IT’S questionable whether Peter Geleta will be awarded the CEO position at Acacia Resources on a permanent basis. That’s no slight on him as his interim appointment appears merely part of the holding pattern the firm has been put into by its 64.9% shareholder, Barrick Gold, following its intervention in Acacia’s year-long dispute with the Government of Tanzania (GoT). The GoT’s contention following two highly suspect – and undisclosed –presidential committees in April 2017 is that Acacia owes the GoT billions in dollars of unpaid tax dating back to 2001. Acacia’s concentrate exports were subsequently blocked for most of 2017 forcing former CEO Brad Gordon to put the firm’s flagship Bulyanhulu on care and maintenance, and unveil austerity measures at all three of its mines. It’s disaster for a company that was talking of increased dividends and record gold output in early 2017 and enough for Gordon to quit (in November). Geleta takes up this poisoned chalice knowing that his first act will be to lead a review of Barrick’s decision to have Acacia pay $300m to the GoT for unpaid taxes, and then – perhaps – put the matter to a shareholder vote. A minority shareholder revolt would be the last thing Geleta needs. We know what Gordon thought of things, however: before switching off the lights at Acacia, he kept the firm’s tax provision unchanged while Barrick increased its provision in respect to Acacia’s tax affairs to $300m.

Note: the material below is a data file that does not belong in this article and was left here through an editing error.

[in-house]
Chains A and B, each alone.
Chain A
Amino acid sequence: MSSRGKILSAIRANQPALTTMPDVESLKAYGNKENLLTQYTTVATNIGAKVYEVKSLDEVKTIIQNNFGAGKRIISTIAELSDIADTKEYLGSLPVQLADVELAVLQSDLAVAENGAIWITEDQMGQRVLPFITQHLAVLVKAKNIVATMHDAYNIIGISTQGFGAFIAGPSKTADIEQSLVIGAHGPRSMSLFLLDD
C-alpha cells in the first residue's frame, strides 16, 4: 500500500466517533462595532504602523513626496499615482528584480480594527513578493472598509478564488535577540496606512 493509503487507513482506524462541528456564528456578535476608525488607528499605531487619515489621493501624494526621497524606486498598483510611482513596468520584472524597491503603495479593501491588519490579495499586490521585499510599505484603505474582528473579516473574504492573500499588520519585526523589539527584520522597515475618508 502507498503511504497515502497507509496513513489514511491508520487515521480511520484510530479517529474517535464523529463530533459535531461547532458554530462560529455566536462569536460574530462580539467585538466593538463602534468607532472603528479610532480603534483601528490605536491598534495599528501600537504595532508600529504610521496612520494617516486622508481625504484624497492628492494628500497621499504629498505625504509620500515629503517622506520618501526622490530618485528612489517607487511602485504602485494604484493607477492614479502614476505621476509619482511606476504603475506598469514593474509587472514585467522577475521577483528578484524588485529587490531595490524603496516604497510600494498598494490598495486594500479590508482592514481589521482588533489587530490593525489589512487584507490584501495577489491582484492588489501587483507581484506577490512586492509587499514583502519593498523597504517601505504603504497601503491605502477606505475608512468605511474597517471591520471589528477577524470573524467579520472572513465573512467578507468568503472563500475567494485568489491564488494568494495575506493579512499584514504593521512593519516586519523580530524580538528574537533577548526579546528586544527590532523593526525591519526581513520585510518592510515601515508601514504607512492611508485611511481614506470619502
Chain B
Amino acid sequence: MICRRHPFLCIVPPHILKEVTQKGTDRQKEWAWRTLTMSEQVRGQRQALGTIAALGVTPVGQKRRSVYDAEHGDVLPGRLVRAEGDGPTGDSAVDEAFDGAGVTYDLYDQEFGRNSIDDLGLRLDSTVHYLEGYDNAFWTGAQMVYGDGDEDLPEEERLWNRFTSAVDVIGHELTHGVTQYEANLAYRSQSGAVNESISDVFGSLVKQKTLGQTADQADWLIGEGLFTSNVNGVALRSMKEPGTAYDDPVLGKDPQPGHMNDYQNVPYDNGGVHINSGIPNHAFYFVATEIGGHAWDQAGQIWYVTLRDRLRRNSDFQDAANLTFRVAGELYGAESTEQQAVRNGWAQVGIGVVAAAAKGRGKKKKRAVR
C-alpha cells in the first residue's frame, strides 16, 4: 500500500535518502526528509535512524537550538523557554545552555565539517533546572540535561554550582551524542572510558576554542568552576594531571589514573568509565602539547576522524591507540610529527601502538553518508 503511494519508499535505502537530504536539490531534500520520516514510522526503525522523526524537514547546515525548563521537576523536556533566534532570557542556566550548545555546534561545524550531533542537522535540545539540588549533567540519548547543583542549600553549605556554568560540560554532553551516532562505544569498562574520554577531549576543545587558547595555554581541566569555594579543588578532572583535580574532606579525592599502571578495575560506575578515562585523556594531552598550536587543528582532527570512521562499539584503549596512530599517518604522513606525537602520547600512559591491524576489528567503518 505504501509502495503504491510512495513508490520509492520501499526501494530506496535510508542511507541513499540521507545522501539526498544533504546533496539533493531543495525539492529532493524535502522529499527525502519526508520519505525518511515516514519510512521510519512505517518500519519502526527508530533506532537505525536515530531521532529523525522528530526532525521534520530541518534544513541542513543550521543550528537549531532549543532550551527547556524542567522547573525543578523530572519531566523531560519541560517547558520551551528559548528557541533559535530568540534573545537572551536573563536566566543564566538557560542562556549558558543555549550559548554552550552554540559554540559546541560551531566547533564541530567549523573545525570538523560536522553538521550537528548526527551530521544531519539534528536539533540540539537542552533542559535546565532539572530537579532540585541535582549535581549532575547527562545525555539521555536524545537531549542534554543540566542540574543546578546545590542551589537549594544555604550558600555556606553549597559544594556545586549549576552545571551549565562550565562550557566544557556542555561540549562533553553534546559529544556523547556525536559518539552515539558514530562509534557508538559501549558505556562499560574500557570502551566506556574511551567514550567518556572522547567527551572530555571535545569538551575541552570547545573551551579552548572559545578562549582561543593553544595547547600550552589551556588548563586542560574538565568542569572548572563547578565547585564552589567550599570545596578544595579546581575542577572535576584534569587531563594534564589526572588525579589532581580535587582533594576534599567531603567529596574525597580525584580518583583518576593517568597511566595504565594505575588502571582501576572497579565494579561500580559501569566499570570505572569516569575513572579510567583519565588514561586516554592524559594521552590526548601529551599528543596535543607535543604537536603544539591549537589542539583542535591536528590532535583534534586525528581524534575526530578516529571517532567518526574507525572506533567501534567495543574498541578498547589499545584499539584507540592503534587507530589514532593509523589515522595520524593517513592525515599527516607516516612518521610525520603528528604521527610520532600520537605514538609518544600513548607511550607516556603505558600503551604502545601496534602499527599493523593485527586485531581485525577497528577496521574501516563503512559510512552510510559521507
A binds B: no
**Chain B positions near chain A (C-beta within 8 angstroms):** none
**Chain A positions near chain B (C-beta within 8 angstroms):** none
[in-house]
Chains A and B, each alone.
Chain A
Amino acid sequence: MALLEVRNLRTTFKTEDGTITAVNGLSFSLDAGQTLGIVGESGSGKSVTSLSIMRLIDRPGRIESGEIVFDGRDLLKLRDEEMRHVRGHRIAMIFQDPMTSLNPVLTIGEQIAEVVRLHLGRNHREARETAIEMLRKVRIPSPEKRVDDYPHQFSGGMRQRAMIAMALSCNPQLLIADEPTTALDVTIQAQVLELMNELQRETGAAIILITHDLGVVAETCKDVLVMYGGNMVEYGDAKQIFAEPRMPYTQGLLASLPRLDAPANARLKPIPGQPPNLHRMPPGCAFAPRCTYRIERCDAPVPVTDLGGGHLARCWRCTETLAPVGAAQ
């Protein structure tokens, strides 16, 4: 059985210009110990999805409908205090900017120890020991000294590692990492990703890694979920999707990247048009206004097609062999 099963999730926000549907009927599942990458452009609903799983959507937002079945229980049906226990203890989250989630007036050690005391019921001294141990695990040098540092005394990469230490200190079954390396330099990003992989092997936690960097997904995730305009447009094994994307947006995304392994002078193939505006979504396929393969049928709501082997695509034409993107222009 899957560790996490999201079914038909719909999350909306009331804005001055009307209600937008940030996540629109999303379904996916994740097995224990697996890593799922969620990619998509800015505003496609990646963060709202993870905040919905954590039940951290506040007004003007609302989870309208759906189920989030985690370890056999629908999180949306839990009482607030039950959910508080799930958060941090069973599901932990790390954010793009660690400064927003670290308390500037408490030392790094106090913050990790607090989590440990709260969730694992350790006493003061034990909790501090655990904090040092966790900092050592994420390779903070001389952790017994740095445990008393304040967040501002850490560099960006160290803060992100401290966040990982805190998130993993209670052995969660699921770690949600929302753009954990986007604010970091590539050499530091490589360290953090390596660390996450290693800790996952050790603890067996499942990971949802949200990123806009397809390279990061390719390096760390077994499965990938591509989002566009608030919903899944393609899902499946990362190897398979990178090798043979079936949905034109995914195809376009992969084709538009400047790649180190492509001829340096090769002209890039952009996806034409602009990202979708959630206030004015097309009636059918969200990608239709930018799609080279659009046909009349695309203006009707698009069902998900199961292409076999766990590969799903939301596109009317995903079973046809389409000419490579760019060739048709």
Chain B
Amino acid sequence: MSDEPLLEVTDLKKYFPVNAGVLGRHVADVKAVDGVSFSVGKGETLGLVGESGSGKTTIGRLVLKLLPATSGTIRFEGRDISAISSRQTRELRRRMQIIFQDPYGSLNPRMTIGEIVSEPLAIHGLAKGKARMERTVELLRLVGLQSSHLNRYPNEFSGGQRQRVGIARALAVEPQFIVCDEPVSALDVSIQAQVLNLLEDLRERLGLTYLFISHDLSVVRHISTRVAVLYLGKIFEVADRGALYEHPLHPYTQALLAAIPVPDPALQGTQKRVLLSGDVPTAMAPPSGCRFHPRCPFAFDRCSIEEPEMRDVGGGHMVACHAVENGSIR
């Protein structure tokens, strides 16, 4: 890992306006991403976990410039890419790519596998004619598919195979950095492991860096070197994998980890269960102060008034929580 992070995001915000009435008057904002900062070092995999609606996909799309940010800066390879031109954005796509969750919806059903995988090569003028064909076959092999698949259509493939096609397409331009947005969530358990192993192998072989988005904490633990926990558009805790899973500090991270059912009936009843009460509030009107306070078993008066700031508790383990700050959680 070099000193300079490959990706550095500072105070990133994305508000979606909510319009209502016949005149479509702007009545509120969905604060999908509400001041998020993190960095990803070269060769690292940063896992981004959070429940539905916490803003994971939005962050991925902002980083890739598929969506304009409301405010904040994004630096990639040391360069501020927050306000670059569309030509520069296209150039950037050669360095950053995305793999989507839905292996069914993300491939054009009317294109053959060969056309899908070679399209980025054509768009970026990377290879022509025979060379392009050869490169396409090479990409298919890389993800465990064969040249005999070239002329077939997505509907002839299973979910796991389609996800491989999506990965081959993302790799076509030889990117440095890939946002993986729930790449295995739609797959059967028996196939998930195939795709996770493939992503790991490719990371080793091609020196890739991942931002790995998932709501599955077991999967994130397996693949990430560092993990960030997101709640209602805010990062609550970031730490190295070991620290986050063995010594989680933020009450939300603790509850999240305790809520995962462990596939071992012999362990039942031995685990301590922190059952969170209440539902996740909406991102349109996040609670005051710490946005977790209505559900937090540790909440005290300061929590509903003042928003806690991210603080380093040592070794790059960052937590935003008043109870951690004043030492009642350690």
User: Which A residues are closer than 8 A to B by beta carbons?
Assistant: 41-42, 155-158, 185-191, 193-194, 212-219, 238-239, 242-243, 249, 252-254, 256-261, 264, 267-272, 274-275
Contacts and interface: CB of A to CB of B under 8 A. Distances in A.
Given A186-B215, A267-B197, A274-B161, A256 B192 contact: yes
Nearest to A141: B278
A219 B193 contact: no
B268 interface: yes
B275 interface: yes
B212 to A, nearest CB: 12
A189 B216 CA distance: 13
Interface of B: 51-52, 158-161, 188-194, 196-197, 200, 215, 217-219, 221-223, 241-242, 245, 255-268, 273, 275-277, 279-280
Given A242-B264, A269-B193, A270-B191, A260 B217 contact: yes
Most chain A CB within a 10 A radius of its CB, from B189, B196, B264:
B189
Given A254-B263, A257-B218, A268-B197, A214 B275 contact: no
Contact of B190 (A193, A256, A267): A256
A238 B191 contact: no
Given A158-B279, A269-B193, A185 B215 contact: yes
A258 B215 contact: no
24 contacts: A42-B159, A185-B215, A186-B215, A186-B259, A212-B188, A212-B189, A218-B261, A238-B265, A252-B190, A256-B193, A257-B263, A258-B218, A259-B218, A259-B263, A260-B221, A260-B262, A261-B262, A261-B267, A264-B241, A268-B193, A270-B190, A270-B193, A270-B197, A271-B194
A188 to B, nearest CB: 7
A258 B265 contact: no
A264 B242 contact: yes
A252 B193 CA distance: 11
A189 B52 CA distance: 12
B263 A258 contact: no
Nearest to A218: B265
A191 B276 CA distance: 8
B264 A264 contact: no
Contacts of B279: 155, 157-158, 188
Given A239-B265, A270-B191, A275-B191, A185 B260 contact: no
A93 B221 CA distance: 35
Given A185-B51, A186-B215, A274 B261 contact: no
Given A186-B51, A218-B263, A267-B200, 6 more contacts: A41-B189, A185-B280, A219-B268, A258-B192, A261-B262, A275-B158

LIFE OF PETER
Given the ravaging crisis at Acacia, it could be argued Peter is “the wrong man in the right place”: he has 35 years in mining latterly focused on human affairs, hence much will be expected of his acumen in ‘people management’, described by Barrick chairman Kelvin Dushnisky as Geleta’s “all-round abilities”. Geleta joined Acacia in 2010 as head of Bulyanhulu. Prior to that he spent 25 years at AngloGold Ashanti leading its African continental division. He also worked at Barrick. A South African, Geleta has an MBA from the University of Cape Town.
- Web Address: www.acaciamining.com